J. Thomas Linbald


The great regime change in Indonesian history, represented by independence and
decolonization, had profound implications for the state apparatus, in particular in its
relationship to the economy. This contribution seeks to widen our perspective on such
change in Indonesia by reviewing evidence from the experience of adjacent Malaysia.
Particular attention is given to the indigenization of the government bureaucracy -
Indonesianisasi in Indonesia, Malayanization in Malaysia - before as well as in the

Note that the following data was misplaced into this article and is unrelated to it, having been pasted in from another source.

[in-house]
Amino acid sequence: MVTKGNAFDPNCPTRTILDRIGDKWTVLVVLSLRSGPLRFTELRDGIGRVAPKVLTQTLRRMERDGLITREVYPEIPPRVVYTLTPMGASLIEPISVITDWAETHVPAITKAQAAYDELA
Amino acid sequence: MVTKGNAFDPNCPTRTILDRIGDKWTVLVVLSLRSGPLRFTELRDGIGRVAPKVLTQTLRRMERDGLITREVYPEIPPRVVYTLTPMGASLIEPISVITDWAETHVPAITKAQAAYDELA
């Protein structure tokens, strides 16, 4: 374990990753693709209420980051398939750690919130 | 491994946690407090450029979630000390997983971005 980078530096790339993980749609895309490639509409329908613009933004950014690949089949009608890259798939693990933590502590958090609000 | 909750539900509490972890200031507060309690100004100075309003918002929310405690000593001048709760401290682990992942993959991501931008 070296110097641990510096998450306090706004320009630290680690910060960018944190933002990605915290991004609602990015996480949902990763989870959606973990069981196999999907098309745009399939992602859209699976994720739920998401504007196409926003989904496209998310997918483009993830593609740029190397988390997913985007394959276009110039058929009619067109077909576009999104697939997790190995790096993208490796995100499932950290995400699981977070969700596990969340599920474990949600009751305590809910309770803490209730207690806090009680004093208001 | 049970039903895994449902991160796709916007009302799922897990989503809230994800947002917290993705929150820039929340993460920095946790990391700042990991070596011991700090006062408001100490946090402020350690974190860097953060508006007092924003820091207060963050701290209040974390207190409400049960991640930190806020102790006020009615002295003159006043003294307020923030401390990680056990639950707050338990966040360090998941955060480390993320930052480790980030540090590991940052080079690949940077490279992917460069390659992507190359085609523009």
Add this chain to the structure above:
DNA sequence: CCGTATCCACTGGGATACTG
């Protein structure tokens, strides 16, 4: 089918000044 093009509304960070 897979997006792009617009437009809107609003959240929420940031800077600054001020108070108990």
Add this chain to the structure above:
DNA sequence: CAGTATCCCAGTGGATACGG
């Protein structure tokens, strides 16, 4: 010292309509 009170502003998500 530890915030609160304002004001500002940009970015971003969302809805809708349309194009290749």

immediate aftermath of independence. Our findings underscore the recent consensus
in the international literature that the way in which the process of decolonization
occurred had enormous consequences for subsequent performance. This article argues
that Indonesia could have reaped considerable benefit if in a position to apply the
Malaysian model of indigenizing the institution of the state.
Keywords: Decolonization, Indigenization, Malayanization, Indonesianisasi

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